INSIDE SKILLED nursing facilities, time moves at different paces: the residents’ and everyone else’s. The employees escape to a world filled with things to do, places to go, and people to see when their shift ends. But for those left behind, routines are their clocks and certified nursing assistants are their timekeepers. Little things make the days brighter. Linda Tucker has been delivering sunshine for over 30 years.
Tucker has a hands-on heart.
“I never wanted to be a nurse after I started in skilled. I’ve learned a lot over the years just by doing tech work,” she said.
Tucker began her career at Lincoln Care Center. When Lincoln Care Center and Donalson Care Center combined locations (becoming Lincoln/Donalson), Tucker moved to the new location and worked for 30 years within the Lincoln/ Donalson system.
She’s a good listener and quickly bonds with those in her care.
“I reckon I just like to talk and learn more about them. You just fall in love with them,” she said.
And nothing says I love you like clean laundry. Tucker has washed many loads out of love for her residents.
“Every day I worked I could keep an eye on their baskets. I’d just take some home and bring it back the next day,” she said.
She’s shared her family with them, too. Her husband, Tiny, has made routine fried chicken runs for some ladies, and her four-pound Imperial Shihtzu, Sissy, still visits residents.
Eventually, Tucker found herself caring for true family.
“My mother, Melba Hunter, broke her hip, and I took her to Lincoln with me. I was with her every day I worked. I took her with me to Lincoln/Donalson, but when residents were no longer able to smoke, I went with her to Elk River,” she said.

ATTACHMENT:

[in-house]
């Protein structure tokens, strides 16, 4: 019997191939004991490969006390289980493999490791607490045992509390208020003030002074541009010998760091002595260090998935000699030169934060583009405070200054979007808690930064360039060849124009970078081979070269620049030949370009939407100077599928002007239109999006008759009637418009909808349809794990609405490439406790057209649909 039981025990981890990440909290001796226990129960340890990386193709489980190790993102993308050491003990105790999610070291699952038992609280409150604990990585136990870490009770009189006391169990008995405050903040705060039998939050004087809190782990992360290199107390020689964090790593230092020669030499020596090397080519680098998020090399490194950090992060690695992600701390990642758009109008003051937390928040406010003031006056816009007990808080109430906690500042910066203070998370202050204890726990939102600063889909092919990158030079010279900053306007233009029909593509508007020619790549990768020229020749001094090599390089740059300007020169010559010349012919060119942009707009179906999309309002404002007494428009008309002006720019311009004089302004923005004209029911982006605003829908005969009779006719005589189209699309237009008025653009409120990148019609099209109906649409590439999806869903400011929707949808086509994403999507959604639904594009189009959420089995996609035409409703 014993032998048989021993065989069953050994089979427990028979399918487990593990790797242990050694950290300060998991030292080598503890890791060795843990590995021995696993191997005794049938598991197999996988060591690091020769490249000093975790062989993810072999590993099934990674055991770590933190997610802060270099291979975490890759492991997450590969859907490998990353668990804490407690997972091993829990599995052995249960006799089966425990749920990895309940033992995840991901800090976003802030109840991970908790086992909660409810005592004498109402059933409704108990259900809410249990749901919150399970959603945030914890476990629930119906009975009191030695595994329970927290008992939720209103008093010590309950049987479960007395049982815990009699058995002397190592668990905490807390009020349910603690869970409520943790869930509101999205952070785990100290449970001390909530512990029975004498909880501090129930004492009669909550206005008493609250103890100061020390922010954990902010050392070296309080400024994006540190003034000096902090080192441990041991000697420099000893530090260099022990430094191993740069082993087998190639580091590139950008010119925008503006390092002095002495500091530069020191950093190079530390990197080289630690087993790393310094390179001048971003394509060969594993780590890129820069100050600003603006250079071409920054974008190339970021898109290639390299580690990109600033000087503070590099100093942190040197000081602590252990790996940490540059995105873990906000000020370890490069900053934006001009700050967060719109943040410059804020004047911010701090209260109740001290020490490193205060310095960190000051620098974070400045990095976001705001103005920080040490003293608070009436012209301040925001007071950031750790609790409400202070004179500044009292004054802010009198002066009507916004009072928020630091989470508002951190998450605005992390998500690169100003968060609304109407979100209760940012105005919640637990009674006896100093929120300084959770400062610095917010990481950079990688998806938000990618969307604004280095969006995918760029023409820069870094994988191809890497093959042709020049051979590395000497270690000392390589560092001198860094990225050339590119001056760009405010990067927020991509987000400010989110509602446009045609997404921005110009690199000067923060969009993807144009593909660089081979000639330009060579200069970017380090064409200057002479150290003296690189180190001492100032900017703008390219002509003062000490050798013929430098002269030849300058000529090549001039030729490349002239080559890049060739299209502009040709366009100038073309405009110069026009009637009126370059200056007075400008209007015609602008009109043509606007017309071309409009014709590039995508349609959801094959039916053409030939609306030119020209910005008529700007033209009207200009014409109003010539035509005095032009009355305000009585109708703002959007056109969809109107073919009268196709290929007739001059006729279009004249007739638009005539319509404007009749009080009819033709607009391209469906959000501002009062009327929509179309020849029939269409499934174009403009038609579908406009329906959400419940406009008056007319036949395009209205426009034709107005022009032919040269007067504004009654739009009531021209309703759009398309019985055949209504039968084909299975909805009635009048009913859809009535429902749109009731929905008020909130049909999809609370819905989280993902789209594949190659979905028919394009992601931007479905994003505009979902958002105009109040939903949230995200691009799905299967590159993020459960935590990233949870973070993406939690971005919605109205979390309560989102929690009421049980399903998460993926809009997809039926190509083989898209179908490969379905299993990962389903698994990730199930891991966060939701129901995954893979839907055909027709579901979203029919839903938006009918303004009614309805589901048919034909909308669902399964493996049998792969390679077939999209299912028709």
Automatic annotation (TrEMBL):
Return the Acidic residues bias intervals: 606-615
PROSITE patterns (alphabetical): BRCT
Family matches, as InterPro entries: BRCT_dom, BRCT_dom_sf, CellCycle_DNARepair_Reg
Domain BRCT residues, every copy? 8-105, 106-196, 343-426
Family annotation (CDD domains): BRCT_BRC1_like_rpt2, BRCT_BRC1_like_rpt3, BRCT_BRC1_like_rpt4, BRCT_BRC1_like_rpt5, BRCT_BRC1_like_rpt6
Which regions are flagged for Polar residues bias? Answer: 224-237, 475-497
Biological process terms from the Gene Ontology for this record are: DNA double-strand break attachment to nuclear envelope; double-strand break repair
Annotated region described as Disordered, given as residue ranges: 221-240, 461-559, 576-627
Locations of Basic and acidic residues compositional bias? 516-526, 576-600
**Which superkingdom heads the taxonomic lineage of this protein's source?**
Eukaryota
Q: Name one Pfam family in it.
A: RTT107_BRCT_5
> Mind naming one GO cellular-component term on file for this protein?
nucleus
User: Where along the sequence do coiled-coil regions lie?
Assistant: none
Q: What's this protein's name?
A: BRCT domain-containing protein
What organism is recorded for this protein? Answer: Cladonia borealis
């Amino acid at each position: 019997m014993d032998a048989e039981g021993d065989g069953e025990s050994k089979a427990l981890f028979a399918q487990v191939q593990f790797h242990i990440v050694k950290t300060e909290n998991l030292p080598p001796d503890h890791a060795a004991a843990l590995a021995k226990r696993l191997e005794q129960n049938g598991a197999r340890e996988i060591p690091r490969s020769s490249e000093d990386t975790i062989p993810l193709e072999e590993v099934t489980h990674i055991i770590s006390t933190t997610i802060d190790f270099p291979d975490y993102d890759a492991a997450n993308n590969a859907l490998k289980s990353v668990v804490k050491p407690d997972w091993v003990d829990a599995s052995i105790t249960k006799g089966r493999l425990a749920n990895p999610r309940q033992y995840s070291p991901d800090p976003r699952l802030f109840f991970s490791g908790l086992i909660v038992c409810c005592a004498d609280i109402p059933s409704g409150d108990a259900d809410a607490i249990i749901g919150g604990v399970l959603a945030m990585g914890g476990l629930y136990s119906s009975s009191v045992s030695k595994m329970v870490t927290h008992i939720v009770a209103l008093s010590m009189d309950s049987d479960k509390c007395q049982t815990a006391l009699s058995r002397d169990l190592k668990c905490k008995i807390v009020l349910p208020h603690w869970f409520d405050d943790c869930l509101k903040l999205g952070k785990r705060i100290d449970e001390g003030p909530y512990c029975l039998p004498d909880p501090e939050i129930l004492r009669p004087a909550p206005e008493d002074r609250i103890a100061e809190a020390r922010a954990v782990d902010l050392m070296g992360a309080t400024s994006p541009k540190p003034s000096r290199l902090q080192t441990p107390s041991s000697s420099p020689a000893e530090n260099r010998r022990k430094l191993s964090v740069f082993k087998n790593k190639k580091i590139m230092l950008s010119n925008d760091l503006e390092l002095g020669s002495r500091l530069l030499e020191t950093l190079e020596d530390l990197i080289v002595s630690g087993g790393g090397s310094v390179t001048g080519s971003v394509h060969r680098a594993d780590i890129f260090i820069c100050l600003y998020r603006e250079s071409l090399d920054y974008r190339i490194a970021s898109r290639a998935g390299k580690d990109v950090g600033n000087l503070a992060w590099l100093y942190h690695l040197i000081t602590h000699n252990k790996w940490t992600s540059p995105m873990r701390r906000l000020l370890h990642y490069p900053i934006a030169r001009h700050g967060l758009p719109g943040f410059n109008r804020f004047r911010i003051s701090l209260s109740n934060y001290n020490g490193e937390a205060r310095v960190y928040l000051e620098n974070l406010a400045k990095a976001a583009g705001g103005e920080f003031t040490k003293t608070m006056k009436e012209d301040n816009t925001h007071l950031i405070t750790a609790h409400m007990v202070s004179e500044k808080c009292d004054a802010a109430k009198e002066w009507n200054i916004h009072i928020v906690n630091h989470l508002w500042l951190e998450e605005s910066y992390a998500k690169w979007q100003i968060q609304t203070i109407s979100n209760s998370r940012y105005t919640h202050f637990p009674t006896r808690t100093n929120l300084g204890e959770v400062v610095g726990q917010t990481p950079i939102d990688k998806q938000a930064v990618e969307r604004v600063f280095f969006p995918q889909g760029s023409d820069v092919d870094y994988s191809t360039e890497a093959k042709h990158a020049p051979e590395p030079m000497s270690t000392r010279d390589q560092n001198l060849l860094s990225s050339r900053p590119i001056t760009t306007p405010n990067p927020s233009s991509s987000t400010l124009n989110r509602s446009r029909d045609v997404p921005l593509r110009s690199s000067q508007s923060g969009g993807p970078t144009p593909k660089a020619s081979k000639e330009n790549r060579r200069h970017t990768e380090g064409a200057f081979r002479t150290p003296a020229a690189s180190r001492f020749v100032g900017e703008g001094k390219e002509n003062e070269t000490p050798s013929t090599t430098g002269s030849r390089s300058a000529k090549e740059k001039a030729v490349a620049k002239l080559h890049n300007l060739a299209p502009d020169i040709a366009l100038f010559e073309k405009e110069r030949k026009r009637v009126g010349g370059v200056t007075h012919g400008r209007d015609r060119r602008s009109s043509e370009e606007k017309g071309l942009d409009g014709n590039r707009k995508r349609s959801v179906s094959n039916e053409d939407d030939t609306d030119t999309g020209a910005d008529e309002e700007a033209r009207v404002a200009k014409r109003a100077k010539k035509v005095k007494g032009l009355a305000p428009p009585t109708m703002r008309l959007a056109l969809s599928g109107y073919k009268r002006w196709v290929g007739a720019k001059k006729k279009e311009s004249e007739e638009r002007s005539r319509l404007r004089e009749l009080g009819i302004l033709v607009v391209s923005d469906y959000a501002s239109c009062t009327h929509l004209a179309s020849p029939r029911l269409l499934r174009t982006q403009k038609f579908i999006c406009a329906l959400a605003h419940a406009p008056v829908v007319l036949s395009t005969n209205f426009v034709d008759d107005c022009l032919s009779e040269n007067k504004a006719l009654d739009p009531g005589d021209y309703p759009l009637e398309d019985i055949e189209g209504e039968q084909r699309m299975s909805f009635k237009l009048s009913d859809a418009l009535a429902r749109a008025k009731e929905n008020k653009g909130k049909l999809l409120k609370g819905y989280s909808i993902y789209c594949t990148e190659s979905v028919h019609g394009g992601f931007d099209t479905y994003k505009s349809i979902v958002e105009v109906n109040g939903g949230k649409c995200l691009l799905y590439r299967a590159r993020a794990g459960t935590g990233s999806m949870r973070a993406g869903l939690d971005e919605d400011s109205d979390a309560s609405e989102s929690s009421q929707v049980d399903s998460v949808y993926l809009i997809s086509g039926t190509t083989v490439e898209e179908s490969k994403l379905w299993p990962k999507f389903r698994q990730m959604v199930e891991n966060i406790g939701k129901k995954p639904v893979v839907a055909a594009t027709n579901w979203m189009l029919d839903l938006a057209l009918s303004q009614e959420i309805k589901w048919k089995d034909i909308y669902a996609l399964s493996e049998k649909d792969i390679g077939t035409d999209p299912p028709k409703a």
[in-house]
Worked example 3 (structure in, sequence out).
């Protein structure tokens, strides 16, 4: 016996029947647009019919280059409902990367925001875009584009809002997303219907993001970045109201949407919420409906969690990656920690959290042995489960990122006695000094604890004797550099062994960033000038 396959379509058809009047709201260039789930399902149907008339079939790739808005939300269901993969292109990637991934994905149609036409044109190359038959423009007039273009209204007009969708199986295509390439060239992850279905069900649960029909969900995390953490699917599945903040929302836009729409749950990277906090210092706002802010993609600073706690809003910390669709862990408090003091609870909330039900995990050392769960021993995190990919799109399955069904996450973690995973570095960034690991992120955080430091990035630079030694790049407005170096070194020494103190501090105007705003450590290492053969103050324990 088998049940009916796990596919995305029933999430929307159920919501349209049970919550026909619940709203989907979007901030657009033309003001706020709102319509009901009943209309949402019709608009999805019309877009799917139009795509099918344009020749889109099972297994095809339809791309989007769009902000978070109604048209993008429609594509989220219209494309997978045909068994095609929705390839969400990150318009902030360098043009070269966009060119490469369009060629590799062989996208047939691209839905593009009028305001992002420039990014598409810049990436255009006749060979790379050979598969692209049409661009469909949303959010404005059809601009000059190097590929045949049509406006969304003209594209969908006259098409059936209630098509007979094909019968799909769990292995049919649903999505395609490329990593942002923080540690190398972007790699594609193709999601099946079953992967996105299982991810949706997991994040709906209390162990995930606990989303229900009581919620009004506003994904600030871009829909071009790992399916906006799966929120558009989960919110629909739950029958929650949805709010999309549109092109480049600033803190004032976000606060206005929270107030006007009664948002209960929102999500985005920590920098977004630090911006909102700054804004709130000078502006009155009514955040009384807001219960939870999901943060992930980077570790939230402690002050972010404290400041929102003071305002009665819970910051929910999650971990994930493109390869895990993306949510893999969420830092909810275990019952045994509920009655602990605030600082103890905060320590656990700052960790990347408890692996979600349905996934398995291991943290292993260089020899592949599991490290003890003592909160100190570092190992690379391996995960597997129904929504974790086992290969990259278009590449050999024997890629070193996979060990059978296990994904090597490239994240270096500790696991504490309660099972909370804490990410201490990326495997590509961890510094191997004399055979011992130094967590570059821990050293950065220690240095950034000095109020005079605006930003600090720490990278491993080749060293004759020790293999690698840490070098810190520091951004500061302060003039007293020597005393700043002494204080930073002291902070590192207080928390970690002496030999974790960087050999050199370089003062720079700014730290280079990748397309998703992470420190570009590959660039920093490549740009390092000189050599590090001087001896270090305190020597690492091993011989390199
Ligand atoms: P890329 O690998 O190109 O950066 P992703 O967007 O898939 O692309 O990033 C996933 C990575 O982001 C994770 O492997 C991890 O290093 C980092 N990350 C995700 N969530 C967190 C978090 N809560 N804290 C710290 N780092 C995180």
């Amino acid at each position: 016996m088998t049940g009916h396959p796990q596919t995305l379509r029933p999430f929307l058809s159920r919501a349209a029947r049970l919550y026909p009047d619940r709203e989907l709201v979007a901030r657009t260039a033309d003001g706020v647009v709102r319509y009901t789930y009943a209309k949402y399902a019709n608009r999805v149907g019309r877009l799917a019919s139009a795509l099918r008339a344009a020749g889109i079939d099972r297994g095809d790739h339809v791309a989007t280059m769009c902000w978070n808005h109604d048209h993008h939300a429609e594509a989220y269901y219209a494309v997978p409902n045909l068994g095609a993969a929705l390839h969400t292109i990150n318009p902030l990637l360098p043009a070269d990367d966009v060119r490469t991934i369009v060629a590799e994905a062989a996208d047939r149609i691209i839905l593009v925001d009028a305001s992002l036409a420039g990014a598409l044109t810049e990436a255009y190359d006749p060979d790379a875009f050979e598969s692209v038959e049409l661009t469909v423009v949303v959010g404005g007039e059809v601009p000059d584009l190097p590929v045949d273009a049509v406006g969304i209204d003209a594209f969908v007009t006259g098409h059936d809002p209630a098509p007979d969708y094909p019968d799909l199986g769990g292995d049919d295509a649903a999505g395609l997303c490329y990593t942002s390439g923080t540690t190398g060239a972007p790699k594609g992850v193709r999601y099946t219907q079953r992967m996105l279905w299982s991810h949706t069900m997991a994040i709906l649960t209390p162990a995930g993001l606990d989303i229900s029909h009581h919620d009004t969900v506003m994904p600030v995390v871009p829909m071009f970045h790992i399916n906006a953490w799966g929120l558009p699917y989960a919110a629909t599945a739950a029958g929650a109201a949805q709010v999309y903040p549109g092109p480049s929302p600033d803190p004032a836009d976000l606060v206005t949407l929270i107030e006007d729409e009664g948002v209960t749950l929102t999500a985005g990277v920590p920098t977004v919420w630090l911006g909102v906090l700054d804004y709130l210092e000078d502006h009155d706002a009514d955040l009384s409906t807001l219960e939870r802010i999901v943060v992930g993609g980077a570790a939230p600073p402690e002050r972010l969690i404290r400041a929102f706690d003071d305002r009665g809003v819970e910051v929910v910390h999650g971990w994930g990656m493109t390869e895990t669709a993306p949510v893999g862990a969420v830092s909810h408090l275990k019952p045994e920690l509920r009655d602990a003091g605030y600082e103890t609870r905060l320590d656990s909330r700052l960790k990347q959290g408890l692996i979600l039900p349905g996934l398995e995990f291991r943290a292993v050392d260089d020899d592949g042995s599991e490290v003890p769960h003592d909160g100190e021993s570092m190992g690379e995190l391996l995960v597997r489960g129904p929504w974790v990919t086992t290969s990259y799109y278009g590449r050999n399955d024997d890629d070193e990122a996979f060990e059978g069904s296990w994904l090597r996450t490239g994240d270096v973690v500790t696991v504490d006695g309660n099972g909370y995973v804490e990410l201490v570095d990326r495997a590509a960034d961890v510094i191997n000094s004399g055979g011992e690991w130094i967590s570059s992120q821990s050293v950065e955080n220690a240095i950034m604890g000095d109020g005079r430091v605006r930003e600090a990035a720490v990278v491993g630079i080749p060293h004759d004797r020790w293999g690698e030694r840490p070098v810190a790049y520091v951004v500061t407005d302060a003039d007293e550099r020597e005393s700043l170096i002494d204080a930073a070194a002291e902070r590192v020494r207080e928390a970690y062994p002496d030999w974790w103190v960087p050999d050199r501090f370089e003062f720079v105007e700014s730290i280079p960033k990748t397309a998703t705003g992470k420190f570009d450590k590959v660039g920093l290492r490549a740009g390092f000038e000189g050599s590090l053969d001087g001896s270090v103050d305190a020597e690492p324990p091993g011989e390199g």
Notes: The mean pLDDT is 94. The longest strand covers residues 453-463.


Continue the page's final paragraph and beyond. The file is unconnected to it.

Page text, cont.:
Once COVID forced the facility to close to visitors, Tucker was able to be with her mother on her shifts rather than wave to her from the outside windows. Another bright spot: Tucker’s son, Benjie Porterfield, sent his grandmother flowers every month until she passed away in 2021.
Now Tucker shares flowers with the Elk River residents in memory of her mother, planting and maintaining them in the outdoor sitting area.
“Elk River was so good throughout all of that with my mother. I’ve always worked under good people,” she said.
Vickie Hopkins, one of Tucker’s prior supervisors, said, “You’d see her serving residents with loving hands and a tender heart. She’d come in on her days off and make sure residents were taken care of, especially residents with no families.”
Tucker’s dedication was recognized in 2012 when she was named Facility Caregiver of the Year by Lincoln & Donalson Care Centers.
Tucker now works only two days a week at Elk River, assisting with the women’s activities and filling in when a tech is needed.
“I’ll probably work two days a week till I can’t go,” she said.
And if she goes, she’ll no doubt take a little sunshine with her. -GN